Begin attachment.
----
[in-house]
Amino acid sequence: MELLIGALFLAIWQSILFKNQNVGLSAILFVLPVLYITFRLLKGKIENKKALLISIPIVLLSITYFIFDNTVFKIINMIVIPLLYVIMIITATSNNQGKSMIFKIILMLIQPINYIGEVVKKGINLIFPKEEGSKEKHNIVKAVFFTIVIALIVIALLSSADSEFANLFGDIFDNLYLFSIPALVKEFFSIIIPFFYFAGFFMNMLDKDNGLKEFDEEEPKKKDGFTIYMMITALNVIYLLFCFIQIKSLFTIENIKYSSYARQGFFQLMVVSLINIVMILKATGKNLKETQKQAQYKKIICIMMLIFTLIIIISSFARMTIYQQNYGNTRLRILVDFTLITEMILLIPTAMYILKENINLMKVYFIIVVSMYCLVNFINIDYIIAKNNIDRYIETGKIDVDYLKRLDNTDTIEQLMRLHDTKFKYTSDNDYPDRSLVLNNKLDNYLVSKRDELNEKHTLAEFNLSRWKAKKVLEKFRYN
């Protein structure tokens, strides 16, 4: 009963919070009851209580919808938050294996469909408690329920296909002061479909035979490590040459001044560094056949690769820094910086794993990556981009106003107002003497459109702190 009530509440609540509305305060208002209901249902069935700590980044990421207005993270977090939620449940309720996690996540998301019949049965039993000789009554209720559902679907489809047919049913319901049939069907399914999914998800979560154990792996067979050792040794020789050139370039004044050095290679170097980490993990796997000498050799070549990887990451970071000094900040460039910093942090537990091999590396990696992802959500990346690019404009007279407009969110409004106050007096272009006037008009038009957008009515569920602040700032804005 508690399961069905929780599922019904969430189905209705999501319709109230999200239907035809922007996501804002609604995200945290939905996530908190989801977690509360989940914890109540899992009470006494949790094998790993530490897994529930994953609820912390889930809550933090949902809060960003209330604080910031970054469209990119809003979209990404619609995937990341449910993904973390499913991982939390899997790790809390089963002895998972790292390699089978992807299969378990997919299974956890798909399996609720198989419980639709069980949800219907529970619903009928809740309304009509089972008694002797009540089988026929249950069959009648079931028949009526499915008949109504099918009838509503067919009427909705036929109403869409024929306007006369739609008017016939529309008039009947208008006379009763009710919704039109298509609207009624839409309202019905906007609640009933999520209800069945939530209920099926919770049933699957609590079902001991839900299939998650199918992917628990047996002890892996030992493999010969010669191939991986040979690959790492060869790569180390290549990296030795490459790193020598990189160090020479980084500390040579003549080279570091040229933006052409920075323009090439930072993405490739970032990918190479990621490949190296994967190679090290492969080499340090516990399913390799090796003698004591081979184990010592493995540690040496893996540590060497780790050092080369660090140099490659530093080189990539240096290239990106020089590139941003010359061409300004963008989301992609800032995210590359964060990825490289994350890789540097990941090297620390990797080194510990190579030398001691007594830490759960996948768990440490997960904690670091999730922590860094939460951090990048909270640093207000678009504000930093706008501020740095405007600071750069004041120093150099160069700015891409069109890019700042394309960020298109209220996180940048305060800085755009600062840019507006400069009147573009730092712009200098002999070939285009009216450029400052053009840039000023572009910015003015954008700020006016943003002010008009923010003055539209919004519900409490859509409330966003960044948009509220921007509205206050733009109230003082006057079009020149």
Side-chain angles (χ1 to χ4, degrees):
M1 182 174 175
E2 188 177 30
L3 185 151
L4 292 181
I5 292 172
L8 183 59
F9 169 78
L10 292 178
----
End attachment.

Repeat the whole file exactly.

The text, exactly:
[in-house]
Amino acid sequence: MELLIGALFLAIWQSILFKNQNVGLSAILFVLPVLYITFRLLKGKIENKKALLISIPIVLLSITYFIFDNTVFKIINMIVIPLLYVIMIITATSNNQGKSMIFKIILMLIQPINYIGEVVKKGINLIFPKEEGSKEKHNIVKAVFFTIVIALIVIALLSSADSEFANLFGDIFDNLYLFSIPALVKEFFSIIIPFFYFAGFFMNMLDKDNGLKEFDEEEPKKKDGFTIYMMITALNVIYLLFCFIQIKSLFTIENIKYSSYARQGFFQLMVVSLINIVMILKATGKNLKETQKQAQYKKIICIMMLIFTLIIIISSFARMTIYQQNYGNTRLRILVDFTLITEMILLIPTAMYILKENINLMKVYFIIVVSMYCLVNFINIDYIIAKNNIDRYIETGKIDVDYLKRLDNTDTIEQLMRLHDTKFKYTSDNDYPDRSLVLNNKLDNYLVSKRDELNEKHTLAEFNLSRWKAKKVLEKFRYN
């Protein structure tokens, strides 16, 4: 009963919070009851209580919808938050294996469909408690329920296909002061479909035979490590040459001044560094056949690769820094910086794993990556981009106003107002003497459109702190 009530509440609540509305305060208002209901249902069935700590980044990421207005993270977090939620449940309720996690996540998301019949049965039993000789009554209720559902679907489809047919049913319901049939069907399914999914998800979560154990792996067979050792040794020789050139370039004044050095290679170097980490993990796997000498050799070549990887990451970071000094900040460039910093942090537990091999590396990696992802959500990346690019404009007279407009969110409004106050007096272009006037008009038009957008009515569920602040700032804005 508690399961069905929780599922019904969430189905209705999501319709109230999200239907035809922007996501804002609604995200945290939905996530908190989801977690509360989940914890109540899992009470006494949790094998790993530490897994529930994953609820912390889930809550933090949902809060960003209330604080910031970054469209990119809003979209990404619609995937990341449910993904973390499913991982939390899997790790809390089963002895998972790292390699089978992807299969378990997919299974956890798909399996609720198989419980639709069980949800219907529970619903009928809740309304009509089972008694002797009540089988026929249950069959009648079931028949009526499915008949109504099918009838509503067919009427909705036929109403869409024929306007006369739609008017016939529309008039009947208008006379009763009710919704039109298509609207009624839409309202019905906007609640009933999520209800069945939530209920099926919770049933699957609590079902001991839900299939998650199918992917628990047996002890892996030992493999010969010669191939991986040979690959790492060869790569180390290549990296030795490459790193020598990189160090020479980084500390040579003549080279570091040229933006052409920075323009090439930072993405490739970032990918190479990621490949190296994967190679090290492969080499340090516990399913390799090796003698004591081979184990010592493995540690040496893996540590060497780790050092080369660090140099490659530093080189990539240096290239990106020089590139941003010359061409300004963008989301992609800032995210590359964060990825490289994350890789540097990941090297620390990797080194510990190579030398001691007594830490759960996948768990440490997960904690670091999730922590860094939460951090990048909270640093207000678009504000930093706008501020740095405007600071750069004041120093150099160069700015891409069109890019700042394309960020298109209220996180940048305060800085755009600062840019507006400069009147573009730092712009200098002999070939285009009216450029400052053009840039000023572009910015003015954008700020006016943003002010008009923010003055539209919004519900409490859509409330966003960044948009509220921007509205206050733009109230003082006057079009020149």
Side-chain angles (χ1 to χ4, degrees):
M1 182 174 175
E2 188 177 30
L3 185 151
L4 292 181
I5 292 172
L8 183 59
F9 169 78
L10 292 178